Tuesday, October 6, 2015   

Japan inflation surges to 23-year high after tax hike
(05-30 14:16)

Japan's consumer prices rose 3.2 percent from a year earlier in April to the highest level since 1991, the government said Friday, largely due to a sales tax increase that is expected to dent growth this quarter.
Other April data for the world's third-largest economy were largely in line with forecasts. Industrial production fell 2.5 percent from a year earlier and household spending sank 4.6 percent. Unemployment was 3.6 percent, the same as in March.
Prime Minister Shinzo Abe's policies aimed at ending a deflationary slump that has slowed growth for nearly two decades have made some headway, though the inflation rate remains well below the 2 percent target set by the central bank and government when the tax hike is factored out.
Japan raised its sales tax to 8 percent in April from 5 percent. Japan's central bank estimates that 1.7 percentage points of the inflation rate in April could be attributed to the tax hike. The 3.2 percent figure is for the core consumer price index, which excludes fresh food.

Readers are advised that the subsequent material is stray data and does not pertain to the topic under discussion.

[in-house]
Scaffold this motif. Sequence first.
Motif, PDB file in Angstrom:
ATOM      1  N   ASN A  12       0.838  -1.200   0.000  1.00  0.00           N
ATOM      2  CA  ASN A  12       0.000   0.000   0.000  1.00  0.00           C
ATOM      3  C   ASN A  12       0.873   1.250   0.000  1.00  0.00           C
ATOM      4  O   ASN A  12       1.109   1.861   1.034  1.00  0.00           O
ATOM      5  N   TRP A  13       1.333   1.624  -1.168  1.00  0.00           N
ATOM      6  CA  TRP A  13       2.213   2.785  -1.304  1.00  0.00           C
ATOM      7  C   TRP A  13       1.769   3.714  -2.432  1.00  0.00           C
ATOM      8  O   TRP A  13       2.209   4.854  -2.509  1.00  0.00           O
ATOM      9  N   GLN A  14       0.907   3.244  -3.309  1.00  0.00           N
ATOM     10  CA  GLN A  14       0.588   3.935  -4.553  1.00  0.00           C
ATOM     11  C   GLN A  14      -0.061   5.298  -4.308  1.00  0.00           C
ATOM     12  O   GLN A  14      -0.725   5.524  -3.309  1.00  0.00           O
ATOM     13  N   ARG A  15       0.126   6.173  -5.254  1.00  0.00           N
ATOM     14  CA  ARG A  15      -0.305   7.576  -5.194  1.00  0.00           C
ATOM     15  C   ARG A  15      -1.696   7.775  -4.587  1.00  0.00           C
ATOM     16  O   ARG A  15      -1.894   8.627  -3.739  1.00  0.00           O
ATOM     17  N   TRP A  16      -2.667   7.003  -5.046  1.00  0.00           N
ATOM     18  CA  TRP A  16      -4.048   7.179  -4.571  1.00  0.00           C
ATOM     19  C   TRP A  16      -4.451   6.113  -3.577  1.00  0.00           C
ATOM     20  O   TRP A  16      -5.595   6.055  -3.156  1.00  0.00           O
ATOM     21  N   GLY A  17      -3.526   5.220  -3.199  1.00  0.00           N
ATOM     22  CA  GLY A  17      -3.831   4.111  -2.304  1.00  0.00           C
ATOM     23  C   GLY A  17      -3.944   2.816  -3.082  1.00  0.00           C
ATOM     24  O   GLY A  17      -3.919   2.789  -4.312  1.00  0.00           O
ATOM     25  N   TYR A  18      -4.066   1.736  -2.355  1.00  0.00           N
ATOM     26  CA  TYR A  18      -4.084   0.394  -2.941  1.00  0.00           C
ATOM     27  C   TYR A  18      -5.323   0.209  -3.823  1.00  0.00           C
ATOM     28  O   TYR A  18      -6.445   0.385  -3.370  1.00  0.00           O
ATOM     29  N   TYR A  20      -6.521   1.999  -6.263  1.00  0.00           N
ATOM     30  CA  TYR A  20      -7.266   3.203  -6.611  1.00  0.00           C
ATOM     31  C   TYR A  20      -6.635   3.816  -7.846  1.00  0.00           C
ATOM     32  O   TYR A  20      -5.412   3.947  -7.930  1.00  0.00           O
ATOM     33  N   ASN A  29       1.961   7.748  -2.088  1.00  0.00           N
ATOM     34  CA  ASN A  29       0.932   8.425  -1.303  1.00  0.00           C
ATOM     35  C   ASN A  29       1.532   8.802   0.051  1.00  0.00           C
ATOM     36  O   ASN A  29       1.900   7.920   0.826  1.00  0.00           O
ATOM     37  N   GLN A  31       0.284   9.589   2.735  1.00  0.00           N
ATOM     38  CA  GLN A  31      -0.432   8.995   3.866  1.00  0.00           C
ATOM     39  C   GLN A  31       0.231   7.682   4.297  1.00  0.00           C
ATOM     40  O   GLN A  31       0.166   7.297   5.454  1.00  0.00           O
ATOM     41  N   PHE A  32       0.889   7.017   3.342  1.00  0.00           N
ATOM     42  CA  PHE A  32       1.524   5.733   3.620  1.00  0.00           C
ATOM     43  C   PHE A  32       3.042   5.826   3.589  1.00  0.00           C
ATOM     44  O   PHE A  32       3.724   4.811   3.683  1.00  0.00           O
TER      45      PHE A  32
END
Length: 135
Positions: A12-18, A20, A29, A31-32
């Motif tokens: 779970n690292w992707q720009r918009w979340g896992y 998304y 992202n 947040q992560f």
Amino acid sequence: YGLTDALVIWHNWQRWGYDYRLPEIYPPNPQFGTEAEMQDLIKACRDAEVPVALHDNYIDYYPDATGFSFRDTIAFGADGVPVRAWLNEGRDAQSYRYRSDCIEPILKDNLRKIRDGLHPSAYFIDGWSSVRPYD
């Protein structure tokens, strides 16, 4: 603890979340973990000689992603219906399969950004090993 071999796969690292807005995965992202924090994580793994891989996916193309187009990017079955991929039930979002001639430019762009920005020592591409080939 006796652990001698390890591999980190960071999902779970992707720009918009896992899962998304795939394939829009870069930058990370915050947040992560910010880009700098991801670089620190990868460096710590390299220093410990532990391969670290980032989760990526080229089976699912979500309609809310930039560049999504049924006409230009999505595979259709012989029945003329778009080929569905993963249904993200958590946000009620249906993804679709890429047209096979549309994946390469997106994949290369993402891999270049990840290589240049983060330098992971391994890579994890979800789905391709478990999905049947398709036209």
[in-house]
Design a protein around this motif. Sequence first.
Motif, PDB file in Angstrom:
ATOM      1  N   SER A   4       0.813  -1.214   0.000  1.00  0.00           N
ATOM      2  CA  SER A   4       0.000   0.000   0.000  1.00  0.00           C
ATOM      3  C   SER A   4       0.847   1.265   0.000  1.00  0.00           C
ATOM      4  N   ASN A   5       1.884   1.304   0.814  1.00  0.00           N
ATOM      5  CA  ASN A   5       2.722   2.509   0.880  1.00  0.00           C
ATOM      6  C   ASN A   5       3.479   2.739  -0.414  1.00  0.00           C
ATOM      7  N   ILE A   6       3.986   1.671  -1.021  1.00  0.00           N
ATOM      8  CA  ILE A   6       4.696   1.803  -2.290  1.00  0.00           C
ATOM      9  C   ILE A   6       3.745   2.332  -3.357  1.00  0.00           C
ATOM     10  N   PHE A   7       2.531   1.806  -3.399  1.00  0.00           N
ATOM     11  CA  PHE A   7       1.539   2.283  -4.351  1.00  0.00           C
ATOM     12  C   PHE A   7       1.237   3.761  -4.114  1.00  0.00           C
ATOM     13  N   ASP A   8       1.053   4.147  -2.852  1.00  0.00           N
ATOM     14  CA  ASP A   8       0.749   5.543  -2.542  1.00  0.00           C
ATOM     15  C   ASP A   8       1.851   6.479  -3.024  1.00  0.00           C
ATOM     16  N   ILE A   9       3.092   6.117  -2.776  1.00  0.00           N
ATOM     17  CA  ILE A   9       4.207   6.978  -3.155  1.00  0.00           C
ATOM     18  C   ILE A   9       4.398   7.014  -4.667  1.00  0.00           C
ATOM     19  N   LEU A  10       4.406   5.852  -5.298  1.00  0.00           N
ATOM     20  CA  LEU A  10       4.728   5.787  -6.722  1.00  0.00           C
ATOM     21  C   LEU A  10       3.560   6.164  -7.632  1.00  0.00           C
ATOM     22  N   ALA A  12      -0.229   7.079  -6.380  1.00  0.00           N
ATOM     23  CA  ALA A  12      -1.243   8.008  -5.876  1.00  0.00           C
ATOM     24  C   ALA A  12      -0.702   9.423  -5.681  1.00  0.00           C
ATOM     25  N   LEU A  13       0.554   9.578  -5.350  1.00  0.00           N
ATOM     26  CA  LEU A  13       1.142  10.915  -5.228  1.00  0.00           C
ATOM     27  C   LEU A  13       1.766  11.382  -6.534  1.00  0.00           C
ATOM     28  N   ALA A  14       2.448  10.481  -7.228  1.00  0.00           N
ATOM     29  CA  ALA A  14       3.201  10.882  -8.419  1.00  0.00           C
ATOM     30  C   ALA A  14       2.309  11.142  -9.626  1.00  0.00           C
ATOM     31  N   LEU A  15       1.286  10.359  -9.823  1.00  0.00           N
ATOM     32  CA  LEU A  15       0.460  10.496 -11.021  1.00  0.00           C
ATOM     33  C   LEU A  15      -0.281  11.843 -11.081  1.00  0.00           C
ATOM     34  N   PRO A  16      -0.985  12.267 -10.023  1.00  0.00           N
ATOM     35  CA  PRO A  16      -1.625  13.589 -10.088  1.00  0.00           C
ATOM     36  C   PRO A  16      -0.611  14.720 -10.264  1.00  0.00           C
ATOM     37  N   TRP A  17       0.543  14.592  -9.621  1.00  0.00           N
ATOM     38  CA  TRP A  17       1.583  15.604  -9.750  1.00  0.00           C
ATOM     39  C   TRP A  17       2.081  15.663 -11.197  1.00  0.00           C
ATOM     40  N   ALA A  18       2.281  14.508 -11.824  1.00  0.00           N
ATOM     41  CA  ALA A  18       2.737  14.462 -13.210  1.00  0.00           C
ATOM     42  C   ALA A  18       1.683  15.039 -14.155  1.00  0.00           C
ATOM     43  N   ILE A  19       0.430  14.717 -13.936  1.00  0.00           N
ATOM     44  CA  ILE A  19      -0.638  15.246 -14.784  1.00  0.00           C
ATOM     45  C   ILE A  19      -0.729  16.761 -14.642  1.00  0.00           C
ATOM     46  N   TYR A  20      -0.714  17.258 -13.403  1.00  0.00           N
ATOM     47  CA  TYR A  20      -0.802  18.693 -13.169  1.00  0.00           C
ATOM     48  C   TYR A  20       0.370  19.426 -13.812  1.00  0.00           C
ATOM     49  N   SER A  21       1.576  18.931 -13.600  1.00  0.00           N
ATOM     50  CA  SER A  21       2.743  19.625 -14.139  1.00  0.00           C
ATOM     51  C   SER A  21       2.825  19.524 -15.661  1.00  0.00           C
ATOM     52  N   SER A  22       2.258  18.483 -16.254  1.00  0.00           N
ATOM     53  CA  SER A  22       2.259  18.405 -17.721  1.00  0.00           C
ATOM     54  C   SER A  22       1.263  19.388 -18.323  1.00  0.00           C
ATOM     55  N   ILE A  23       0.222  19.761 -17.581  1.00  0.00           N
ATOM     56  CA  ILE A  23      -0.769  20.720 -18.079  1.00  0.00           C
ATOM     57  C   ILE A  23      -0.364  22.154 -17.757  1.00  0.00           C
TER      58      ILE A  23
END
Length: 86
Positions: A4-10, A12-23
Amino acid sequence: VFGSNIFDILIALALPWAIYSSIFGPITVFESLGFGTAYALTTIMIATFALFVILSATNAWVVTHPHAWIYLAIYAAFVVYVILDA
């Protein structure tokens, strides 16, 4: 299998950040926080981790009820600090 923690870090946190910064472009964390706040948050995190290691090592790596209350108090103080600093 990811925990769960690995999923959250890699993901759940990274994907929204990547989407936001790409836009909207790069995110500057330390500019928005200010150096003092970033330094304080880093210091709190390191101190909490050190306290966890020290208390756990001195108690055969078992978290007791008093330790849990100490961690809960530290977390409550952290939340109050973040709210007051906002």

In its latest assessment of Japan's recovery, the International Monetary Fund said Friday that Japan appeared to be weathering the sales tax increase and exports are expected to begin picking up as demand overseas rebounds. It forecast that inflation would remain modest at 1.1 percent in 2014.
But it cautioned that Japan needs deep, structural reforms to support growth.
"Near-term risks to the outlook are balanced, but the sustainability of the recovery over the medium term is at risk,'' it said.
Consumers and businesses ramped up spending ahead of the tax increase, boosting demand temporarily. The economy is expected to contract or at least slow sharply this quarter. --AP
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